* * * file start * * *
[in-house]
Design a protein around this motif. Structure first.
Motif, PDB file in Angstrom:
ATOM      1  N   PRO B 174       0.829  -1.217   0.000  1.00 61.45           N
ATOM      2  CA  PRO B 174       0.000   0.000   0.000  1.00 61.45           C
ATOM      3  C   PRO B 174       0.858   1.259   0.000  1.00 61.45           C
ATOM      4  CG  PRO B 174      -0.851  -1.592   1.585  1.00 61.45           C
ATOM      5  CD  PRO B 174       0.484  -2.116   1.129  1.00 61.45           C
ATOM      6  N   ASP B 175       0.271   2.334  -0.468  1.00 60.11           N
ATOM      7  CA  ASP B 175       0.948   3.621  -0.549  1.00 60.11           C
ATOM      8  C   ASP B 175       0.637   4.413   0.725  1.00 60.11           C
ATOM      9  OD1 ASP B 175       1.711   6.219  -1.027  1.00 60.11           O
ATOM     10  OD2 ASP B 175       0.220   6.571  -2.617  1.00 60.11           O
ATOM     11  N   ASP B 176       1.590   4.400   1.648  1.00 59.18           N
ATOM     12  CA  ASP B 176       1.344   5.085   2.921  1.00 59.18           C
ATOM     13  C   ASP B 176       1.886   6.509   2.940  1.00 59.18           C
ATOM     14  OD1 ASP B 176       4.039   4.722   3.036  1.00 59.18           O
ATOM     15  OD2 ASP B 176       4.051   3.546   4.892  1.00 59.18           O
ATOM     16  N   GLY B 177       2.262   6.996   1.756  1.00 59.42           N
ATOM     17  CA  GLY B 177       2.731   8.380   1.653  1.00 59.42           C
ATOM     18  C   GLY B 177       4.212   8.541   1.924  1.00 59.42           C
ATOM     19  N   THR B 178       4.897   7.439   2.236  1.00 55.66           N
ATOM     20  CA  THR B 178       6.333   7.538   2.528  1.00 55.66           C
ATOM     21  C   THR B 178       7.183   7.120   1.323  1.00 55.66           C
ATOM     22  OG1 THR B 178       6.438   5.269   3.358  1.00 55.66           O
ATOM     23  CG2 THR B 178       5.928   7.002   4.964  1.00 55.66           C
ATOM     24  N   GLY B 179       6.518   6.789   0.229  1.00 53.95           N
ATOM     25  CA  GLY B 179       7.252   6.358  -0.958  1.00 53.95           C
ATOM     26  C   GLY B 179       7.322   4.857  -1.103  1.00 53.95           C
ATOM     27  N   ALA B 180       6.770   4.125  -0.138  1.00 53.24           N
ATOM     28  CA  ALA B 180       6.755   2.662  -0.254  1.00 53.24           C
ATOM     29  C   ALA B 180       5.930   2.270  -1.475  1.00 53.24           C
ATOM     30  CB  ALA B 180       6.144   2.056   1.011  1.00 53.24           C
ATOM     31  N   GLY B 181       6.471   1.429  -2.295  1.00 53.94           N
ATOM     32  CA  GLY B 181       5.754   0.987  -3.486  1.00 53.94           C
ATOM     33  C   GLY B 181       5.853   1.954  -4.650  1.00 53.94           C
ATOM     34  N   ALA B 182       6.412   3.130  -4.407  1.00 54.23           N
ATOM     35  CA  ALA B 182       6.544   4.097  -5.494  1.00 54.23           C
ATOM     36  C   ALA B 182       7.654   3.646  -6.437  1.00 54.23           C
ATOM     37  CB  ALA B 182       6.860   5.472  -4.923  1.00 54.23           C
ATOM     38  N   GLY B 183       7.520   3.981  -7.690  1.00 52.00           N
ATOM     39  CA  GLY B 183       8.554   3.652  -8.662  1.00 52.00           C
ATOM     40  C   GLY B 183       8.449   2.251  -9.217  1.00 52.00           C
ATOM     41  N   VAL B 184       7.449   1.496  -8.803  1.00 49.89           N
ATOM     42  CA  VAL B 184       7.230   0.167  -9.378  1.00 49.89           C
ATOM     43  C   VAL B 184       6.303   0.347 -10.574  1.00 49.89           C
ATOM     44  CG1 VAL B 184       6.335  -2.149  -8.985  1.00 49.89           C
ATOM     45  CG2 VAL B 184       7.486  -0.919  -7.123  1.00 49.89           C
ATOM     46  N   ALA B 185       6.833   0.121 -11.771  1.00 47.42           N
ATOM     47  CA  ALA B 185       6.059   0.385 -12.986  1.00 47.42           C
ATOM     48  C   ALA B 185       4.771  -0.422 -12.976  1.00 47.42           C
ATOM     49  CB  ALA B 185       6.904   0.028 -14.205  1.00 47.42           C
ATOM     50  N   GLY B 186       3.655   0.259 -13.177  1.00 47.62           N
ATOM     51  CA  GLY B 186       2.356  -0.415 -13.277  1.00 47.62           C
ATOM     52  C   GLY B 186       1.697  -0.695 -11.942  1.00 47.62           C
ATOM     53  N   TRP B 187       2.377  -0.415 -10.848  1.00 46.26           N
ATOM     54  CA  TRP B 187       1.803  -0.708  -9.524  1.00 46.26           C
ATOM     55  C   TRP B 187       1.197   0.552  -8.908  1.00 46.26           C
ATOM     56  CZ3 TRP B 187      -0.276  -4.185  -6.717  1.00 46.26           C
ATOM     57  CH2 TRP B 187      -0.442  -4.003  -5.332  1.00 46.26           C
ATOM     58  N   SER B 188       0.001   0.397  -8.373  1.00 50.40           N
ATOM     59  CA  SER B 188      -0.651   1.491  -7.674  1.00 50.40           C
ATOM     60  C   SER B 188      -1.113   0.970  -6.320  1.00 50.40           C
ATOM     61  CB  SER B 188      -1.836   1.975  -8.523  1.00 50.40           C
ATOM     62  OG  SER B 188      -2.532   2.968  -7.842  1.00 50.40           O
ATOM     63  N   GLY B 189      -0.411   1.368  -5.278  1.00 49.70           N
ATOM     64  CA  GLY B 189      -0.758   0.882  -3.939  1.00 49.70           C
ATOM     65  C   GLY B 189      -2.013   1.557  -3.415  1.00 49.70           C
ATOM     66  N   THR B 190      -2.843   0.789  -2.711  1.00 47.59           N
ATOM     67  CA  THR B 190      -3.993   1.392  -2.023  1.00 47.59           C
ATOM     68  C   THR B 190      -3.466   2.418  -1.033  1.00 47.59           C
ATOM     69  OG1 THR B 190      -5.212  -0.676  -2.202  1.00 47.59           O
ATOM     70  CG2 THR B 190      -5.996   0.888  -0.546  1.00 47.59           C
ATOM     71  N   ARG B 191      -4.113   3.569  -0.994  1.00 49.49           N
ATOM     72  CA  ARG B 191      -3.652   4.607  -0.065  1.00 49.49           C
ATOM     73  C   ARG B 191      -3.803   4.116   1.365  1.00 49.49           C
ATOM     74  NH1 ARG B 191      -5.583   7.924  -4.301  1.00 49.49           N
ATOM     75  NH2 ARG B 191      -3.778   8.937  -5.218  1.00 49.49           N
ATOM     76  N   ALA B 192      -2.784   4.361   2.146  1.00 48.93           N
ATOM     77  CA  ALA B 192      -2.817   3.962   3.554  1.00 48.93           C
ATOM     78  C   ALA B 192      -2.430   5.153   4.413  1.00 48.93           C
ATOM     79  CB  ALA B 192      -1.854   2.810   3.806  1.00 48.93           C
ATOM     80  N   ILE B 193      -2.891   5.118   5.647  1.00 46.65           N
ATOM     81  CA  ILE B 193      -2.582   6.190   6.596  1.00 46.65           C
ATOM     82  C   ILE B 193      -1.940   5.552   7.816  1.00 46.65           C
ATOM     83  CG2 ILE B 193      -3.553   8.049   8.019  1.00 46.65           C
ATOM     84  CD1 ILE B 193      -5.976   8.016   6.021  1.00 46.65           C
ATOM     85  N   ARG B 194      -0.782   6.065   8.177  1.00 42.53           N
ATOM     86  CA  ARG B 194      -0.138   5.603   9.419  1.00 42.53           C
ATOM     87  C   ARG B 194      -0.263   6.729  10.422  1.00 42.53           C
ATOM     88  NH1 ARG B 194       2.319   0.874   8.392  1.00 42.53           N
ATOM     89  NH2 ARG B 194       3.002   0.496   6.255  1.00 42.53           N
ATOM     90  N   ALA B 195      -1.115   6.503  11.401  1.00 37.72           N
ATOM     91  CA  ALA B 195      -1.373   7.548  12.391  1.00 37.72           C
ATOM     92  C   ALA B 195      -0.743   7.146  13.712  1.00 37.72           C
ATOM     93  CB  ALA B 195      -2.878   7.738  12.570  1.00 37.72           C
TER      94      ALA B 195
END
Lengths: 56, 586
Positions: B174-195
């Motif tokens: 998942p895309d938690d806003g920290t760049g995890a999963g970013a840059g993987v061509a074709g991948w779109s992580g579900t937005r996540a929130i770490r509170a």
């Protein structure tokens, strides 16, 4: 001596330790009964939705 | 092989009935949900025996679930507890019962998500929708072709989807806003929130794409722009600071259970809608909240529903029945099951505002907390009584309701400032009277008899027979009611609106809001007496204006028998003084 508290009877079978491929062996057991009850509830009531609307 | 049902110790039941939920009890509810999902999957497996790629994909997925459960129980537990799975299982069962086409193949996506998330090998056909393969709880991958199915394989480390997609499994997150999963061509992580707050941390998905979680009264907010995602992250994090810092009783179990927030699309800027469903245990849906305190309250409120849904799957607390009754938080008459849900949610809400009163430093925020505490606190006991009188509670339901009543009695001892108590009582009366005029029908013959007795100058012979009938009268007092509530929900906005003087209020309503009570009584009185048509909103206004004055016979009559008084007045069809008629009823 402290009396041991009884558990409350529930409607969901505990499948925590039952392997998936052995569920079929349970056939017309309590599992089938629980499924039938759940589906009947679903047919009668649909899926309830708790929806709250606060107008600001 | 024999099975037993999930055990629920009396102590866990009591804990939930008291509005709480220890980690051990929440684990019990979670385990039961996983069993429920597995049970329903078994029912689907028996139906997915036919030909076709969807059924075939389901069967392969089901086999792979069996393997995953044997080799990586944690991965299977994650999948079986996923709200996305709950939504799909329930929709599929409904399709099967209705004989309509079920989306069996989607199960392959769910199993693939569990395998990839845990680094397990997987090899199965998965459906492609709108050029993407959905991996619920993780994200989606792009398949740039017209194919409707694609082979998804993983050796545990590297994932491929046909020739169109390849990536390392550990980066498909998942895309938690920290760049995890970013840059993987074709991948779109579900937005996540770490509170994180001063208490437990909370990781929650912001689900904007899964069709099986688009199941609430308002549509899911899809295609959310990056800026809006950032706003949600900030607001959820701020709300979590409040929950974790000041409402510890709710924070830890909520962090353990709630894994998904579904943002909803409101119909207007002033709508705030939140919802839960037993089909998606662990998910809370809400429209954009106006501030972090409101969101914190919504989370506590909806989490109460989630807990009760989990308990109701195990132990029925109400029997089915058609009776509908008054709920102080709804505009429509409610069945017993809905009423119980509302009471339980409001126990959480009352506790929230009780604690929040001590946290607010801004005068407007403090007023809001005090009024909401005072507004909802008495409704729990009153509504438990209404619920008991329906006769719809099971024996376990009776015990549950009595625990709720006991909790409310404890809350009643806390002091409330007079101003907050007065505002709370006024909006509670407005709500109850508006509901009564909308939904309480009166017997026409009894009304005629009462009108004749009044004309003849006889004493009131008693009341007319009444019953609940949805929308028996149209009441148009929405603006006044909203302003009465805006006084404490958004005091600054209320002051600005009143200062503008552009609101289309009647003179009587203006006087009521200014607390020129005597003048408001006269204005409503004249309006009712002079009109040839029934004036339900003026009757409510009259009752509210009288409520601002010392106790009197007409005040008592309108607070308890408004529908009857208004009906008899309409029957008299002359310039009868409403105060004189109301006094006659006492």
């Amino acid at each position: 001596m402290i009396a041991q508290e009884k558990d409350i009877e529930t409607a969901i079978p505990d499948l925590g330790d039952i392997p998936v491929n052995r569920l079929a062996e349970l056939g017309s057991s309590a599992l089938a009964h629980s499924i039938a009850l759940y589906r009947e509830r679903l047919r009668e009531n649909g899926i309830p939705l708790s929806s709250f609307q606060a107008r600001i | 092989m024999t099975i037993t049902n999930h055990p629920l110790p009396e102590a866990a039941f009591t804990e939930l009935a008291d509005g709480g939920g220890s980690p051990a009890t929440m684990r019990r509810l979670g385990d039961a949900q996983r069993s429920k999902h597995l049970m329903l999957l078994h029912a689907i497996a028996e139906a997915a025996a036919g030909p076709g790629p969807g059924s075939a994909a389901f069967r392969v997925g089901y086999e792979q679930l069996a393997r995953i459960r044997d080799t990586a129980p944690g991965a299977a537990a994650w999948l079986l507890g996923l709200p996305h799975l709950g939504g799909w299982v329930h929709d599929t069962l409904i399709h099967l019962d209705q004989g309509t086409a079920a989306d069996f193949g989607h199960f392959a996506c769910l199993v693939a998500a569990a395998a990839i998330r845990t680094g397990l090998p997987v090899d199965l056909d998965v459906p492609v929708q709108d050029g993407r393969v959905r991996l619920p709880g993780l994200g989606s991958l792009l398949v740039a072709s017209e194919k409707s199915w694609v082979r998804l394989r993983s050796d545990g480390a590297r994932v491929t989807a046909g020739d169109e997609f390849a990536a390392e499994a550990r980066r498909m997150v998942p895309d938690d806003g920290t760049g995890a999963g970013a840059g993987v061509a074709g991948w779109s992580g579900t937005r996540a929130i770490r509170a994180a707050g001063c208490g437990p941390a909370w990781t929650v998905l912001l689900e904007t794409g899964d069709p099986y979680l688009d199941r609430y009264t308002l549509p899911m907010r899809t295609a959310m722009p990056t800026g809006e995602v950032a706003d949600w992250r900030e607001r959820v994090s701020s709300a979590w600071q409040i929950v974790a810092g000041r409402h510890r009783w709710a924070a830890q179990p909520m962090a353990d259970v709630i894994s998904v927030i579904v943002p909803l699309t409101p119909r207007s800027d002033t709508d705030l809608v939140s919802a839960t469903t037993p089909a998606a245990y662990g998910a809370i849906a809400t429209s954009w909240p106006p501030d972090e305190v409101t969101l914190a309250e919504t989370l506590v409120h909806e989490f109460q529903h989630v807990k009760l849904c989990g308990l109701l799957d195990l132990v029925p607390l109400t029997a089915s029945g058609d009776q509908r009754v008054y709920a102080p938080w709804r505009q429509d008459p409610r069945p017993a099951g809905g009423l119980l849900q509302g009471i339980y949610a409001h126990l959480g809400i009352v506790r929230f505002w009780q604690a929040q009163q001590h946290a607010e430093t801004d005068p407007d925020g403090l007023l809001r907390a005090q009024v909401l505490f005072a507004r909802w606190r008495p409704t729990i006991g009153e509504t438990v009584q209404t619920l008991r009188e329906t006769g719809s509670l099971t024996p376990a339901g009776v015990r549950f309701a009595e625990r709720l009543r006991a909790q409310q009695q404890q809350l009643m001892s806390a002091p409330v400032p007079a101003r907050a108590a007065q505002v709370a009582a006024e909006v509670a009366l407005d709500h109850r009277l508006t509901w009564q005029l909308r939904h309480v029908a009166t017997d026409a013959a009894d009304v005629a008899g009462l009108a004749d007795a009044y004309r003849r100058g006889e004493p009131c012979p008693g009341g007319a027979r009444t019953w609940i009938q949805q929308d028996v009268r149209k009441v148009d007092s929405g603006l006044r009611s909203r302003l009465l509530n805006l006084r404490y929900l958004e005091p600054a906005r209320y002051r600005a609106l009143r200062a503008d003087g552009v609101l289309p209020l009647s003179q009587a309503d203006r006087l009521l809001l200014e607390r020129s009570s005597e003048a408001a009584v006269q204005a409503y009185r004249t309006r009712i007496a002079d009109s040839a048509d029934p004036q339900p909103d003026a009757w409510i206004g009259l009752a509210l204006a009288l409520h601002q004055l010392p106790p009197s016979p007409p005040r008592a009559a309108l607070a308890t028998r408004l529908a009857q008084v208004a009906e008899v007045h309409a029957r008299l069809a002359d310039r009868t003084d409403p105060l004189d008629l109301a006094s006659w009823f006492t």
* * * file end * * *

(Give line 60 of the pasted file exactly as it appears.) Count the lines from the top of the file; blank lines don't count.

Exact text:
ATOM     57  CH2 TRP B 187      -0.442  -4.003  -5.332  1.00 46.26           C